If you have iron deficiency it usually means you are anemic. Anemia is when there are not enough red blood cells in the body. You need your red blood cells to deliver oxygen to the tissues of your body. Iron deficiency is the most common type of anemia. Luckily iron deficiency is easily diagnosed with a simple blood test.
Causes Of Iron Deficiency Anemia
The main causes of iron deficiency or anemia include the following:
- Blood loss. You lose blood by various means and don’t have the substrates to replace the red blood cells.
- You do not absorb iron very well.
- You are not eating foods that contain iron in it.
- You have heavy or frequent menstrual periods.
- You lose blood from the gastrointestinal tract.
- You have esophageal varices, which are dilated veins in the esophagus from having liver cirrhosis.
- You have gastric bleeding from taking too much aspirin or other medication for the treatment of arthritis.
- You have peptic ulcer disease.
- You have celiac disease, which results in malabsorption of iron.
- You have Crohn’s disease, which also affects iron absorption.
- You have had gastric bypass surgery with its resultant malabsorption syndrome.
- You take antacids containing calcium.
- You do not eat any meat products.
- You do not eat a diet high in iron.
Symptoms Of Iron Deficiency
If the anemia is mild, you may not have any symptoms at all. If you develop symptoms, they usually come on gradually so you might not be aware that you are iron deficient.
Some common symptoms of iron deficiency include the following:
- You feel irritable all the time
- You feel tired and weak, especially when you try to exercise
- You experience headaches
- You cannot think clearly or concentrate
- The whites of your eyes are bluish in color
- Your fingernails are brittle
- Your tongue is smooth (you can't feel the taste buds)
- You develop the desire to eat things that are not food or chew on ice. This is called pic a
- You feel lightheaded when you are trying to stand up
- Your skin color is pale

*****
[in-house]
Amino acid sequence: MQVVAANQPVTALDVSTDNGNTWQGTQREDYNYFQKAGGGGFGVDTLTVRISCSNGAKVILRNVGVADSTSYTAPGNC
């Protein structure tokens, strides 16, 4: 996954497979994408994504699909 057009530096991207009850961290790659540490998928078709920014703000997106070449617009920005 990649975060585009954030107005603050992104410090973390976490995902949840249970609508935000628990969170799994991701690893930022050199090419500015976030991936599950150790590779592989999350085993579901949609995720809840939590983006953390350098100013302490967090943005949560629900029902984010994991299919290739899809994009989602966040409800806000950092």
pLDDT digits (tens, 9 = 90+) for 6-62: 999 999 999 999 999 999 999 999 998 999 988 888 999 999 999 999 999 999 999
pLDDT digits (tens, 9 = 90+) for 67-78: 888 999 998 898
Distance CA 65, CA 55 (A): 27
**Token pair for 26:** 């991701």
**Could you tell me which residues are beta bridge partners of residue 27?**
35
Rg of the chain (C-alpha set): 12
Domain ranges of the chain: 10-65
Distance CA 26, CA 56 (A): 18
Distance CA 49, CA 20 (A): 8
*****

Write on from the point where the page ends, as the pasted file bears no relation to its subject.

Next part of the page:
- You are frequently short of breath
- Your tongue is sore
- You have tar-colored stools or can see blood in your stool
- You have heavy periods
- You have pain in the upper abdomen from ulcer
The doctor can order some tests to see if you are iron deficient or if you are suffering from anemia. Some common tests include a hemoglobin/hematocrit and red blood cell indices. Tests specifically for iron deficiency include an iron binding capacity or TIBC, serum ferritin, and serum iron level.
If the cause of the anemia is unclear, the doctor may do a colonoscopy, an upper GI endoscopy, or a fecal occult blood test.
Treatment Of Iron Deficiency
- The main treatment of iron deficiency anemia is to take iron pills or to eat foods that are high in iron. The doctor will measure your iron level and then prescribe supplements in order to bring up the level of iron in your body. If you do not tolerate taking iron pills, the doctor may order intramuscular injections of iron or have you get iron intravenously.
- If you are pregnant or breastfeeding, you may need to take iron supplements because there isn’t enough iron in the diet for your needs.
- It takes about two months to restore the hematocrit to a normal level. It may take a full year to build up the iron stores completely.
Diet To Restore Iron Levels
Foods you can eat to restore your iron levels include:
- Chicken Liver
- Any Kind Of Red Meat
- Sunflower seeds
- Pumpkin seeds
- Peanut Butter
- Whole Grain Bread
- Kale, Spinach And Other Types Of Greens.
As long as you continue eating this type of diet, providing your body is functioning properly, your iron stores should stay up and you won’t be iron deficient. This article is not meant to take the advice of a doctor. If you believe you have an iron deficiency you need to go to the doctor so he/she can run tests.